State Government in the 21st Century

This newsletter signals a return to our reconstructing American government series. Previously, we urged a revamped Federalism, a new public service model, federal agency decentralization and law enforcement reform. This week, we introduce our ideas on state government (a more detailed commentary is on the way).

Big Story

With the presidential election challenges and recounts winding down, states are taking center stage. As our nation faces its most serious challenge in generations, our state governments will be tested as never before.  

States have never been more vital—or vulnerable. The presidential election, even with over 153 million votes cast, hung on a few swing states. US Senate control depends on the outcome of two contests in Georgia. States will play a decisive role in the distribution of Covid-19 vaccines and the final battle to defeat the virus. With help, state governments will spur the recovery. But, as Governors call for a second federal stimulus bill, the capacity of all 50 states to rise to future challenges cannot be assured.

Big Question

Are state governments ready to meet the test? Do they have the structure, management, resources, systems and capacity to defeat this pandemic? To lead the economic recovery? To protect us from future crises?

We expect much of our state governments. Quality education, accessible healthcare, swift justice, good roads and vibrant local governments. Conduct safe, reliable elections in the midst of a pandemic. Deliver vaccines to millions of citizens. Yet, we have long failed to give state governments the operating flexibility they need to meet such challenges. Many private enterprises meet new challenges with fresh ideas, sound strategies and agile operating models. How can we expect state governments to do the same with rigid bureaucratic structures that discourage innovation?

Big Idea

We need a more agile, responsive model for organizing and operating state and local government, one that promotes partnerships, innovation, efficiency, accountability and results.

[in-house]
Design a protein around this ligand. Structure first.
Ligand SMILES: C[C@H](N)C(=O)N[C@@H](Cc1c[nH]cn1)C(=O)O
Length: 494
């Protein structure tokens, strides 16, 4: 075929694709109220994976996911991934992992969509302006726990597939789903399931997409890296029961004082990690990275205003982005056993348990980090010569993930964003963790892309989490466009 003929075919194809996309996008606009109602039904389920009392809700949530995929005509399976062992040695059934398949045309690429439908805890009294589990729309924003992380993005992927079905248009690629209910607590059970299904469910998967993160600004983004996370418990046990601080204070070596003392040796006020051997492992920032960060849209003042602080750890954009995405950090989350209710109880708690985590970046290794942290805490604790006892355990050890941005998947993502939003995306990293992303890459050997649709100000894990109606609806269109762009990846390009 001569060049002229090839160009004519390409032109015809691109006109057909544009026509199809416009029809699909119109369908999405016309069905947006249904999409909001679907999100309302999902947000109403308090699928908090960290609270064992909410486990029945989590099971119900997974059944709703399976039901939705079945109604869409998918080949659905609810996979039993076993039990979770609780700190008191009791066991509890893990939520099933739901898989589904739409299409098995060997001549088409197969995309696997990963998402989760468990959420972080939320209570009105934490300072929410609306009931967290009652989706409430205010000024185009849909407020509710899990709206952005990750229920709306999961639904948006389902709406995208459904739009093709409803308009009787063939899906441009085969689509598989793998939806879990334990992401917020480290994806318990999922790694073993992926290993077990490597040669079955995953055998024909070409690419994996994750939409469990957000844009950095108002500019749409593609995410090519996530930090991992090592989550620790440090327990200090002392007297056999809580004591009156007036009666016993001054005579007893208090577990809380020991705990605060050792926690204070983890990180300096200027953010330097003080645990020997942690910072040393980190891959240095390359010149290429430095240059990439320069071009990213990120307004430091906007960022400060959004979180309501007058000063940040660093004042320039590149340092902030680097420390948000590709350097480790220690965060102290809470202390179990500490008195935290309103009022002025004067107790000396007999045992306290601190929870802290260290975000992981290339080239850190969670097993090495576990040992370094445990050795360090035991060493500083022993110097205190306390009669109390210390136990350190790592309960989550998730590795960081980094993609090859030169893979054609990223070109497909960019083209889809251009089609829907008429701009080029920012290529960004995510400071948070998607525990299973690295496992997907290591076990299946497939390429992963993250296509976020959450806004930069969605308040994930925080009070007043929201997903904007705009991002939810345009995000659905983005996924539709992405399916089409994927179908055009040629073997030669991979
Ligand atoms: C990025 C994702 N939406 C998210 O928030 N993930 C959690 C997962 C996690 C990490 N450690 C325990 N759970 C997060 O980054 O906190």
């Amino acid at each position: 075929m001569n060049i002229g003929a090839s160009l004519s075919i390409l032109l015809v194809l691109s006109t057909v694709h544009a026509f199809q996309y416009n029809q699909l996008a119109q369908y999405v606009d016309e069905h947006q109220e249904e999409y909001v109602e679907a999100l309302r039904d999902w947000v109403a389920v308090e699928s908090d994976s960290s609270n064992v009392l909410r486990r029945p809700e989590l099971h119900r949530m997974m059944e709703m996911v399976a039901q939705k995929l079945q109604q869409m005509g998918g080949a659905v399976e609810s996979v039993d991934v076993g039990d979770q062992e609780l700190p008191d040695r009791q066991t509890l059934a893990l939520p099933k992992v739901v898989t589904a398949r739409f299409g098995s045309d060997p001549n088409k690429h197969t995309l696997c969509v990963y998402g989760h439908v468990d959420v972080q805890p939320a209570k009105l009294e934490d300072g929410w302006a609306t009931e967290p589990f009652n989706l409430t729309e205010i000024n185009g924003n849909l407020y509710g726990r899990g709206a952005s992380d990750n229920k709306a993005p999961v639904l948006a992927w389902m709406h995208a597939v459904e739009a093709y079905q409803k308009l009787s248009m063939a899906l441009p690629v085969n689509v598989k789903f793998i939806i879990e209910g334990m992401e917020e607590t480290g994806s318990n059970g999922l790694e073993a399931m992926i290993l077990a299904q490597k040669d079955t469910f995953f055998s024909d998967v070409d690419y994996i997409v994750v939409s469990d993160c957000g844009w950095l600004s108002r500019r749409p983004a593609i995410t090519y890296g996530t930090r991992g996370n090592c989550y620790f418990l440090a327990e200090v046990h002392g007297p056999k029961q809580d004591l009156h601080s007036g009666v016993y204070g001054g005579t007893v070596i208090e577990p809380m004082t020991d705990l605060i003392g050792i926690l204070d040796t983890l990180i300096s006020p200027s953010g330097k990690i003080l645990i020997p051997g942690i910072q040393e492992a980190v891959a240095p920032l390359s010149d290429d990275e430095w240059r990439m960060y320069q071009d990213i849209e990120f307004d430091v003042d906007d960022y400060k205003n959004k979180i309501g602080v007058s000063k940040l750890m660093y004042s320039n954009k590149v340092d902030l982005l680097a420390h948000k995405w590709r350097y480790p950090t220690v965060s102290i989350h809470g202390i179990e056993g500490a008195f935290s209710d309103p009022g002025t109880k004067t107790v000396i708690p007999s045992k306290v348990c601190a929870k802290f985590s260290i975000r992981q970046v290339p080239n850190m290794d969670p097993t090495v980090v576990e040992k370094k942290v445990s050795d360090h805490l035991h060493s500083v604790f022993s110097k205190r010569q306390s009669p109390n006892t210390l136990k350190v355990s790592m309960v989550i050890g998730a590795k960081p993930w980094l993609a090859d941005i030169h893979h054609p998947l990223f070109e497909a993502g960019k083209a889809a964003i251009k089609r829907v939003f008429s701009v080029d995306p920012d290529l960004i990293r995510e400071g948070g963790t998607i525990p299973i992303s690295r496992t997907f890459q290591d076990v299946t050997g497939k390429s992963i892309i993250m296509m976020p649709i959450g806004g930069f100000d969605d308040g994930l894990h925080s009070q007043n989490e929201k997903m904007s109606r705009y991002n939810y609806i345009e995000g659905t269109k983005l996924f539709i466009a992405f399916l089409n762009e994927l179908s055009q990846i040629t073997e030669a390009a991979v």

If we were starting anew, we would design a structure with far fewer than 50 states and 90,000 local governments. We would insist on certain characteristics—multi-state coordination, streamlined executive structures, impartial state court systems and more productive, far-sighted legislative bodies. We would likely demand coherent local government policies, modern tax structures, integrated planning and budgeting processes, evidence-based fiscal management and more cost-effective services. Until we present our detailed ideas for improving state government later this week, you can learn more about reconstructing government at Civic Way.

Potential Models

  • Minnesota – in 2015, the Minnesota Management and Budget (MMB) office worked with the Pew Charitable Trusts’ Results First initiative to inventory over 500 state programs, assign data-based performance ratings and reallocate funds to highly-rated programs (e.g., regional mobile crisis response units)
  • Utah – the state conducts long-term fiscal projections, tracks 15-year growth trends for each tax source, recognizes unanticipated revenues as nonrecurring revenues and bases budgets on conservative tax collection estimates
  • Colorado – in 2016, the Office of State Planning and Budgeting began requiring agencies to present hard evidence for justifying new or expanded programs (e.g., expected outcomes, return on investment and program evaluation plans)
  • Tennessee – in 2019, Tennessee created the Office of Evidence & Impact which requires agencies to base increased funding requests on expected outcomes
  • Council of State Governments (CSG) – CSG’s National Center for Interstate Compacts offers technical assistance, training and information to help states create, implement and improve interstate compacts
  • Pew Charitable Trusts – the Results First Clearinghouse Database compiles data from multiple clearinghouses (e.g., public health and criminal justice) to help state and local officials shift resources to more effective programs

Other Views 

  • From 42 Agencies to 15: How Arkansas Overhauled State Government Without Laying Anyone Off, Alan Greenblatt, Governing Magazine
  • State Options for Reform, Brent Ferguson, Brennan Center for Justice
  • Let’s Reform State Government, Frank Donatelli, Chairman, GOPAC, Politico
  • Utah’s Secret Weapon for Long-Range Planning, Caroline Cournoyer, Governing
  • Divided We Fall: America’s Secession Threat and How to Restore Our Nation, David French, St. Martin’s Press

Civic Way System

The Civic Way system for strengthening governance helps state and local leaders see civic problems, fix those problems, own the solutions and track civic progress. Civic Way’s experienced advisors will help state and local leaders improve public institutions. To see some sample good governance tools, check out Civic Way.

Call to Action

Email us at BMelville@CivicWay.Org to share your thoughts or suggestions about Civic Way or this newsletter. Or comment below.

Civic Way is a 501c3 nonprofit dedicated to helping communities revitalize democracy and governance from the ground up.  If you want to be part of the Civic Way network or learn more about our work, please visit Civic Way.